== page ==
Hong Kong airport resumed operations on Wednesday, rescheduling hundreds of flights that had been disrupted over the past two days as protesters clashed with riot police in a deepening crisis in the city.
About 30 protesters remained at the airport early on Wednesday while workers scrubbed it clean of blood and debris from overnight. Check-in counters reopened to queues of weary travelers who had waited overnight for their flights.
Police condemned violent acts by protesters overnight and said on Wednesday a large group had “harassed and assaulted a visitor and a journalist”.
Five people were detained, bringing the total number of people arrested since the protests began in June to more than 600, police said.
The Airport Authority said on Tuesday that operations at the international airport had been seriously disrupted, as riot police used pepper spray to disperse thousands of black-clad protesters.
Check-in operations at the airport were suspended late on Tuesday afternoon, a day after an unprecedented shutdown. Thousands of peaceful protesters had swarmed the arrivals and departures halls earlier on Tuesday, chanting, singing and waving banners.
However, some protesters used luggage trolleys to blockade the doors to customs checkpoints.
Protesters also scuffled with police later in the evening and several police vehicles were blocked amid heated scenes, according to Reuters witnesses.
Scuffles broke out after an injured man was held by a group of protesters. Some claimed he was an undercover mainland Chinese agent and initially refused to let him leave.
Medics, however, bundled him onto a stretcher and forced their way through jeering throngs to an ambulance.
Several police vehicles were blocked by protesters and riot police moved in amid chaotic scenes, using pepper spray to keep people back. A policeman pulled out a gun at one point.
Protesters also barricaded some passageways in the airport with luggage trolleys, metal barriers and other objects.
Others clambered onto check-in counters as the protesters appeared to control part of the airport for a short while. At least two protesters were taken away by police.
Another mainland Chinese man was held and tied down by protesters at the airport after they thought he was posing as a reporter.
The editor-in-chief of the state-run Global Times newspaper, Hu Xijin, tweeted that the man was a journalist with the paper. He was later taken away by ambulance.
The situation calmed down after a few hours without the violence worsening, and the crowds thinned out. Hong Kong media reported that an injunction had been issued by a court to clear the airport of protesters.
The weeks of protests began as opposition to a now-suspended bill that would have allowed suspects to be extradited to mainland China and have swelled into wider calls for democracy.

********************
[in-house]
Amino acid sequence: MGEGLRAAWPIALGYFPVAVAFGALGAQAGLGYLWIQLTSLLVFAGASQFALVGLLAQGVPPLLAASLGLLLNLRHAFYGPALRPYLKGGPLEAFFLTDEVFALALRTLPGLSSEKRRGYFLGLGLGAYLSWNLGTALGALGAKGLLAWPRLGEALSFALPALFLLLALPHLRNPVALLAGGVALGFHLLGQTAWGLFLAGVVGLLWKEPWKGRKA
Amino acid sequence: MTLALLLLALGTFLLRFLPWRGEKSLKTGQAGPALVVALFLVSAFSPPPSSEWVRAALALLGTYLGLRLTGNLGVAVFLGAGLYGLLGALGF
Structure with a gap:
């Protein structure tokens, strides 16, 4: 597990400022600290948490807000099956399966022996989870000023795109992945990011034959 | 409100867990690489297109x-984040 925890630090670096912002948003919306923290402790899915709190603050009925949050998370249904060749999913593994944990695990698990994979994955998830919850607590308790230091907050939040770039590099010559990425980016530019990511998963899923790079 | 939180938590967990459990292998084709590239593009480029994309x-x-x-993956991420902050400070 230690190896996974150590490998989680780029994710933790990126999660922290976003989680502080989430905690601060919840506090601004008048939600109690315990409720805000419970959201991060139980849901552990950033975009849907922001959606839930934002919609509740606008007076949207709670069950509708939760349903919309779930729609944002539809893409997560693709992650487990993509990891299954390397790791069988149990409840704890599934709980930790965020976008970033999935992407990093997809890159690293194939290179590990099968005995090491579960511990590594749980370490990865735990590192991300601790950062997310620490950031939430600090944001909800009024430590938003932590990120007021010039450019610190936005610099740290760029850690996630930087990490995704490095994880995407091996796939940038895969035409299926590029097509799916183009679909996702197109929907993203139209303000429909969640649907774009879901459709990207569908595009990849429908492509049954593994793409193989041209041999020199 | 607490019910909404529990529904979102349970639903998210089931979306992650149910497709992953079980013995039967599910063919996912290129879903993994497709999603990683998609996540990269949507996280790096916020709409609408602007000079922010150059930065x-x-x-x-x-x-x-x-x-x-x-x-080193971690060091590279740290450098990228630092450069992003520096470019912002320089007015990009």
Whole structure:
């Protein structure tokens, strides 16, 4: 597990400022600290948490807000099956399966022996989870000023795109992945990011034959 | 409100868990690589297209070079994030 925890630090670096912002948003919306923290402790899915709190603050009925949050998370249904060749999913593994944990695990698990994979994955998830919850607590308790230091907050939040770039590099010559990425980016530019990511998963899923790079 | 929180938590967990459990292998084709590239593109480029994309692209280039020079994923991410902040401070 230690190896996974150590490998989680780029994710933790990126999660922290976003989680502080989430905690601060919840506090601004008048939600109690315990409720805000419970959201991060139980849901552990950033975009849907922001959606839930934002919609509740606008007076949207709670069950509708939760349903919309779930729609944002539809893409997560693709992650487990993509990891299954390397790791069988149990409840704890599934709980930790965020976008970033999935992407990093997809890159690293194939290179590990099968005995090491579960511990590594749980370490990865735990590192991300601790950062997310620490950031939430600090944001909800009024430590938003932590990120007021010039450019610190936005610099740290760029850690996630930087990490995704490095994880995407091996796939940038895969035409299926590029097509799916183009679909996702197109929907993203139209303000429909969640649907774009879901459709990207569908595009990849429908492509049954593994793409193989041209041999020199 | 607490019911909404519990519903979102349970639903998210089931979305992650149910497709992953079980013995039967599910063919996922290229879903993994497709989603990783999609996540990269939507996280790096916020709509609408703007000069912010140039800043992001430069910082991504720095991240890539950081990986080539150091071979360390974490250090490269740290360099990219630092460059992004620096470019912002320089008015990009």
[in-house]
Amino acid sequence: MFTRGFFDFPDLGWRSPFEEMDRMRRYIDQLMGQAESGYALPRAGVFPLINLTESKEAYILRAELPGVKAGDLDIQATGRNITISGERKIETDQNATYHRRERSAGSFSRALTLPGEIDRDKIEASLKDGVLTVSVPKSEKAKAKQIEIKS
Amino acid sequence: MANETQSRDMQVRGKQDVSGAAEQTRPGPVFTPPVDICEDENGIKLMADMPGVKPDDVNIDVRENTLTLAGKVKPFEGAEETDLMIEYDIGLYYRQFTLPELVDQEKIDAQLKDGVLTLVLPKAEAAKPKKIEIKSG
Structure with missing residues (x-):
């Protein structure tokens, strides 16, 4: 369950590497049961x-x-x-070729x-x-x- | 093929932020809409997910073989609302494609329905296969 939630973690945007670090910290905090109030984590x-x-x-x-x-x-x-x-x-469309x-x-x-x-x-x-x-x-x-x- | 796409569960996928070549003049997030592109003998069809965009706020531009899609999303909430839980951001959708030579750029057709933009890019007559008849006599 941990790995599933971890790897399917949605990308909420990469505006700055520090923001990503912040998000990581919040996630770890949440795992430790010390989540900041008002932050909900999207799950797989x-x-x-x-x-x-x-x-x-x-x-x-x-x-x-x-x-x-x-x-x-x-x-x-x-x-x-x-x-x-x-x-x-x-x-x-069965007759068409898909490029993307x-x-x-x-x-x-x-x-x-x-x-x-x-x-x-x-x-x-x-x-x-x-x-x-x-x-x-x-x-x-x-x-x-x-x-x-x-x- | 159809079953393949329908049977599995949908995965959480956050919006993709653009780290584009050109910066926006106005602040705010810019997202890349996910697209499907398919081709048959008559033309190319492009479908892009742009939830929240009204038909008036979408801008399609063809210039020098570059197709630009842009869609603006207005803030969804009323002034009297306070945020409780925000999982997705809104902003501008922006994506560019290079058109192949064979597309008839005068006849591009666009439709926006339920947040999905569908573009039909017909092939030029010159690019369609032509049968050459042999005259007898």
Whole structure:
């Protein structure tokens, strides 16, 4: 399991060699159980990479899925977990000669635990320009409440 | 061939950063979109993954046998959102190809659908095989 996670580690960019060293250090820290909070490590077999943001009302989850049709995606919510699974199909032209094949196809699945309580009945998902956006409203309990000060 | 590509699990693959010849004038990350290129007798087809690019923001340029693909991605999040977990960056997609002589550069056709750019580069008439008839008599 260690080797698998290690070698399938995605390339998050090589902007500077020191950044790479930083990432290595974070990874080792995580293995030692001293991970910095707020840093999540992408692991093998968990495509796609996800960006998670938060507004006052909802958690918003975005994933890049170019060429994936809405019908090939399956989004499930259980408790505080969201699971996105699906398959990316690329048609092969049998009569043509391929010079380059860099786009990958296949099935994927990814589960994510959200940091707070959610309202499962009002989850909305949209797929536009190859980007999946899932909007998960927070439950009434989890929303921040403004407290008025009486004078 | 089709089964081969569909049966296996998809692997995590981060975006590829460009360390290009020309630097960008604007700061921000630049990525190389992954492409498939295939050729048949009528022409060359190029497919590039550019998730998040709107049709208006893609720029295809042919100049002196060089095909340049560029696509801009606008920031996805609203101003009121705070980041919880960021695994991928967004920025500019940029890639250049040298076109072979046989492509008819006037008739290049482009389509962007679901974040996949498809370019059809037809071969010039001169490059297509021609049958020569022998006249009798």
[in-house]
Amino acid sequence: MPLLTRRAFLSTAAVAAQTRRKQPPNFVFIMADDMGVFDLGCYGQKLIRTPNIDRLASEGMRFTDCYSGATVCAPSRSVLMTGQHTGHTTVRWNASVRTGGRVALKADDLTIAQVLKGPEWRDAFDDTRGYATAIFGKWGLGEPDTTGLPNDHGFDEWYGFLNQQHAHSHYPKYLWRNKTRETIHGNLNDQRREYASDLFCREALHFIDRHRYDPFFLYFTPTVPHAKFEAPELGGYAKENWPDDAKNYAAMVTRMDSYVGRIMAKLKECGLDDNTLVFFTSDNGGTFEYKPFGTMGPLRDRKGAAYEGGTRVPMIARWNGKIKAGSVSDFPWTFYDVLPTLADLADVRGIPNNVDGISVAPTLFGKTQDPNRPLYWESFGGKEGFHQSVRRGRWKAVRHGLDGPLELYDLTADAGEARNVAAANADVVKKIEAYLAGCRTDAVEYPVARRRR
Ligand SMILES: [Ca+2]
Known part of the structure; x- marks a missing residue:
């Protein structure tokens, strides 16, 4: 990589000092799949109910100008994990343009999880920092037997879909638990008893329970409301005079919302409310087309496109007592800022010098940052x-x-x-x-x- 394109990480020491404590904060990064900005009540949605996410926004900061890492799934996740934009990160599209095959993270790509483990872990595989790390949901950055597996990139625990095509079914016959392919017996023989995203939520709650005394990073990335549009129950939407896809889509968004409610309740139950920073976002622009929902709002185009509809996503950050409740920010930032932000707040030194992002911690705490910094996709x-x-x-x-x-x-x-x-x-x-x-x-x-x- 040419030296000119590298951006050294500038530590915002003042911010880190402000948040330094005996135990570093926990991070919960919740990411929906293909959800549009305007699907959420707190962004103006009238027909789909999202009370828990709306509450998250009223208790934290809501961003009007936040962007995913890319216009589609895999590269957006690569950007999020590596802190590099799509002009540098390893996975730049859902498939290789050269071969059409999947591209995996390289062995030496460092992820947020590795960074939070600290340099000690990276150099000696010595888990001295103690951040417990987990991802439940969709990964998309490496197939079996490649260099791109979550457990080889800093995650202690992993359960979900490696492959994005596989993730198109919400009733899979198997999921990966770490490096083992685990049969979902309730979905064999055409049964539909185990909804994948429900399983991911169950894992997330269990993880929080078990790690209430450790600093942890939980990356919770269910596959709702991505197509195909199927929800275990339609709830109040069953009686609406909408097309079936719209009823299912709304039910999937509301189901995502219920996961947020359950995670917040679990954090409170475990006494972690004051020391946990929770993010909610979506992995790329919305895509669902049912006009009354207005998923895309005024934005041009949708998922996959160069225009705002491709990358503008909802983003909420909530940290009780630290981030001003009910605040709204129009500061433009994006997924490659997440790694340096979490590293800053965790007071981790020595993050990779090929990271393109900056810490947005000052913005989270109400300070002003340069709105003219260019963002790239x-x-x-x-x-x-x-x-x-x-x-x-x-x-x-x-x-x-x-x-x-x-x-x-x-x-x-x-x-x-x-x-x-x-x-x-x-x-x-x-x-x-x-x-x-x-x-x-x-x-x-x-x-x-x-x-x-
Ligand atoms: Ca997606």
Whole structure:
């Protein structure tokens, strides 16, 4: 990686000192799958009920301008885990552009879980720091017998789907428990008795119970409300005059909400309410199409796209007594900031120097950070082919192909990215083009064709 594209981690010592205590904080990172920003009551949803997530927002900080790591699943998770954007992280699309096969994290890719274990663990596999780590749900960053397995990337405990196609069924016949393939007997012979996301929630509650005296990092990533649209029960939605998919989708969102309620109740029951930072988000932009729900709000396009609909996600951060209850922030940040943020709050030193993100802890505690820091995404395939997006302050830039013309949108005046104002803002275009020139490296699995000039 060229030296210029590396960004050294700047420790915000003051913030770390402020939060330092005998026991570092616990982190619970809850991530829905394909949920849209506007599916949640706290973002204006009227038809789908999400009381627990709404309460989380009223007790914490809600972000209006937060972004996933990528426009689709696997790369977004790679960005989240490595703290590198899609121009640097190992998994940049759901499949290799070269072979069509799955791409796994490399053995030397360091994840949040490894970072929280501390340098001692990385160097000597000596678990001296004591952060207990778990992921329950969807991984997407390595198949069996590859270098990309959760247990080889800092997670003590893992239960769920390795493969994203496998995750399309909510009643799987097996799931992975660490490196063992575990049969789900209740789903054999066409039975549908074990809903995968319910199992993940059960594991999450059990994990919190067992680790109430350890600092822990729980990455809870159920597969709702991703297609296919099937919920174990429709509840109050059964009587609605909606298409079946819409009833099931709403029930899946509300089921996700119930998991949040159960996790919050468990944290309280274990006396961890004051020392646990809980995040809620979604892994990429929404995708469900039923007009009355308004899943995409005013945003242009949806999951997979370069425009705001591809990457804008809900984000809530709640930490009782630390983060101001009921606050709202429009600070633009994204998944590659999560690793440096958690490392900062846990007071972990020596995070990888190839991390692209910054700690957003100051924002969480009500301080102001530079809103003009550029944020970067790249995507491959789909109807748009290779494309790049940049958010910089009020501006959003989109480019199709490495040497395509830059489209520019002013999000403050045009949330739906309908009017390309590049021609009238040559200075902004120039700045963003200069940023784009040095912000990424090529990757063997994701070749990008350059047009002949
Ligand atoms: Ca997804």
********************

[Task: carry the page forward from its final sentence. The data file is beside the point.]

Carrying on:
Demonstrators say they are fighting the erosion of the “one country, two systems” arrangement that enshrined some autonomy for Hong Kong since China took it back from Britain in 1997.
The increasingly violent clashes between police and protesters have roiled the Asian financial hub. Hong Kong’s stock market fell to a seven-month low on Tuesday.
A senior US official, who spoke on condition of anonymity, said: “Freedoms of expression and assembly are core values that we share with the people of Hong Kong and these freedoms should be protected.”
The United Nations human rights commissioner, Michele Bachelet, urged Hong Kong authorities to exercise restraint and investigate evidence of their forces firing tear gas at protesters in ways banned under international law.
China responded by saying her comments sent the wrong signal to “violent criminal offenders”.
Chief Executive Lam made an appeal for calm and restraint.
“Take a minute to look at our city, our home,” she said on Tuesday morning, her voice cracking, at a news conference in the newly-fortified government headquarters complex.
“I think paralyzing the airport will be effective in forcing Carrie Lam to respond to us … it can further pressure Hong Kong’s economy,” said Dorothy Cheng, a 17-year-old protester.
Despite the trouble, some flights were still scheduled to take off early on Wednesday morning with some tourists still waiting in the departure hall and dining areas, according to Reuters journalists in the airport.
Hong Kong flag carrier Cathay Pacific said flights might still be canceled at short notice. Reuters
– Contact us at [email protected]